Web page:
The built-in lists are just like the `List` type above, but with special syntax:

• `[]` and `(:)`, rather than names starting with capital latters, are data constructors,
• the expression `[1,2,3,4]` is syntactic sugar for nested calls to `(:)`,
• the type is called `[]`, rather than a name starting with a capital letter, and
• the type `[a]` is syntactic sugar for `[] a`.

For example:

``````> :t []
> :t [] :: [a]
> :t [] :: [] a

> :t "abc"
> :t "abc" :: [Char]
> :t "abc" :: [] Char

> let (x:xs) = [1, 2, 3]
> let ((:) x xs) = [1, 2, 3]``````

### Tuples

``````data Pair a b = Pair a b deriving (Eq, Show)
data Triple a b c = Triple a b c deriving (Eq, Show)
data Tuple4 a b c d = Tuple4 a b c d deriving (Eq, Show)``````

Built-in pairs are just like these datatypes, again with special syntactic support.

``````> :t ('a', 2 :: Int)
> :t (,) 'a' 2 :: (,) Char Int
> :t (,)
> :t (,,)
> :t (,,,,,,,,,,,,,,,,,,,,,,,,,,,,,,,,,,,,,,,,,,,,,,,,,,,,,,,,,,,,,)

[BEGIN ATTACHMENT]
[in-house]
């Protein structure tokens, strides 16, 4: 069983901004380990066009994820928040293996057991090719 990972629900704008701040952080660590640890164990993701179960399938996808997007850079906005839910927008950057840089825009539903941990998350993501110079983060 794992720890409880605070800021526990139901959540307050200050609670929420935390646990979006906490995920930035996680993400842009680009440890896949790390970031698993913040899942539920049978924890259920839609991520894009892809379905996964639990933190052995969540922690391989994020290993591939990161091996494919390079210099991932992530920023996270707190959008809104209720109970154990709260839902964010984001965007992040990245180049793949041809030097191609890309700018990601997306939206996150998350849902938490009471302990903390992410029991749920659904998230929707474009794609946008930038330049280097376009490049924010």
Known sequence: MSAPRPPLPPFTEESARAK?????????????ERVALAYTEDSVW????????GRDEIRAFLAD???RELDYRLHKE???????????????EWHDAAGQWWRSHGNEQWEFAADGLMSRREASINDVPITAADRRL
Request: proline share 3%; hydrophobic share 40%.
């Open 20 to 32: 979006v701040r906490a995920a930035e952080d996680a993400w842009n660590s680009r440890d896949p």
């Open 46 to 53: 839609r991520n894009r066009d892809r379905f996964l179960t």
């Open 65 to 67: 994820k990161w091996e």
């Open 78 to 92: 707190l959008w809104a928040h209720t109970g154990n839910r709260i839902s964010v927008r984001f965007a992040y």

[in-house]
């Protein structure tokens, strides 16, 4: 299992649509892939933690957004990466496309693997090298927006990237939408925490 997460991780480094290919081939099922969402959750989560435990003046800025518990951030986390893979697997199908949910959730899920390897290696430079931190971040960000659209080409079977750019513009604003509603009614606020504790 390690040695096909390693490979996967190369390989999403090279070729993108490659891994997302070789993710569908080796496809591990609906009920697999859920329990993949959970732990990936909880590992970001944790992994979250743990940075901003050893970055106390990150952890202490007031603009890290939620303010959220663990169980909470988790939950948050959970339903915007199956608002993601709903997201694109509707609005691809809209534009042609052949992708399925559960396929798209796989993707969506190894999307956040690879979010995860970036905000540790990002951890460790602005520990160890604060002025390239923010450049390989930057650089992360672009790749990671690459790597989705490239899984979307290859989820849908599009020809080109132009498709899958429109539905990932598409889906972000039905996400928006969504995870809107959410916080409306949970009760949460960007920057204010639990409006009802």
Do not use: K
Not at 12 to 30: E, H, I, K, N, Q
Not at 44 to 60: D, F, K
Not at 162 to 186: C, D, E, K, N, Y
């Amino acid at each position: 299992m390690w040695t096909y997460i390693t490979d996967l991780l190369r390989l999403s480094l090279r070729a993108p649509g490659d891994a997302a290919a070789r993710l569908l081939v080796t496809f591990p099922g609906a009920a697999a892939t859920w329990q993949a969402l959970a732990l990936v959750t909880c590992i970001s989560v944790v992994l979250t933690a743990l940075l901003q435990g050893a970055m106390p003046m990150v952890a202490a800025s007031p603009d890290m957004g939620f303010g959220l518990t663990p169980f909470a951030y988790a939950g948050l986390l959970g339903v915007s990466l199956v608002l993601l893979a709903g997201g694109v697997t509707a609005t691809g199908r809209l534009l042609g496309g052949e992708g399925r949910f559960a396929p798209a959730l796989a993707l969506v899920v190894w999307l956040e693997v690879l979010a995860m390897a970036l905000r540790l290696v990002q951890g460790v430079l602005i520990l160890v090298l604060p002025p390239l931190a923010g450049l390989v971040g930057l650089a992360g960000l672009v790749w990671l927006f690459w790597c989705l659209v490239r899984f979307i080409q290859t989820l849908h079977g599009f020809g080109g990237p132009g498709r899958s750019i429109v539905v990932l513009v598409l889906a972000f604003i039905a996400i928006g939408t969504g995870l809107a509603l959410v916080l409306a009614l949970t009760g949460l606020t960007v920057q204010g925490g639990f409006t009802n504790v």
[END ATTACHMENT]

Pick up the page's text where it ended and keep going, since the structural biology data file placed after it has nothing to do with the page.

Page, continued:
> let (a, b, c) = (1, 2, 3)
> let ((,,) a b c) = (1, 2, 3)``````

### Unit

Sometimes it is useful to have a dummy value.

``data Unit = Unit deriving (Eq, Show)``

The built-in unit value and type are just like this datatype, again with special syntactic support.

``````> :t ()
> :t () :: ()``````

### Booleans

Even booleans can be (and are) defined as a datatype.

``````data Bool
= False
| True
deriving (Eq, Show)``````

If-expressions, multi-way if-expressions, and guards are syntactic sugar for pattern matching on `Bool`s.

``````absoluteValue n
| n >= 0    = n
| otherwise = -n

-- source file                {-# LANGUAGE MultiWayIf #-}
-- ghc command-line option    -XMultiWayIf
-- ghci                       :set -XMultiWayIf
absoluteValue n =
if | n >= 0    -> n
| otherwise -> -n

absoluteValue n =
if n >= 0 then n
else if otherwise then -n
else undefined

absoluteValue n =
case n >= 0 of
True  -> n
False ->
case otherwise of
True  -> -n
False -> undefined``````

## Type Aliases vs. Wrapper Types

Recall the currency example above. We were careful to use `d`s for dollar `Float`s and `y`s for yen `Float`s, but it's easy to accidentally, for example, add these two kinds of `Float`s, leading to a non-sensical, and probably hard-to-detect-and-debug, result.

One approach might be to define type aliases.